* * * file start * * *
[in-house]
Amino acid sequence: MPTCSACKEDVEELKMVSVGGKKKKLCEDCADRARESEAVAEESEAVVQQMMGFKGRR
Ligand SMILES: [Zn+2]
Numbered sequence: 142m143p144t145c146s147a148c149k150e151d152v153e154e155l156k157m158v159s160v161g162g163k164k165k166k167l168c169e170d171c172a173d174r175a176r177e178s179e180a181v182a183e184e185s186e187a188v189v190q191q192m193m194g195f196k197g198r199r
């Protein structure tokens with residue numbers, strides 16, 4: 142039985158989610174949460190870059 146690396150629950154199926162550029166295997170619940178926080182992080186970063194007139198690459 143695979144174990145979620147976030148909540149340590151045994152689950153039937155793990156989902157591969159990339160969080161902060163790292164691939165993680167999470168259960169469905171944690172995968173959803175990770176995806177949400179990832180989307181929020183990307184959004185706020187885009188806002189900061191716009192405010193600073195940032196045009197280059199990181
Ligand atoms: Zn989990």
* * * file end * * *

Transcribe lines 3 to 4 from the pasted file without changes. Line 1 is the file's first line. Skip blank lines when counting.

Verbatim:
Ligand SMILES: [Zn+2]
Numbered sequence: 142m143p144t145c146s147a148c149k150e151d152v153e154e155l156k157m158v159s160v161g162g163k164k165k166k167l168c169e170d171c172a173d174r175a176r177e178s179e180a181v182a183e184e185s186e187a188v189v190q191q192m193m194g195f196k197g198r199r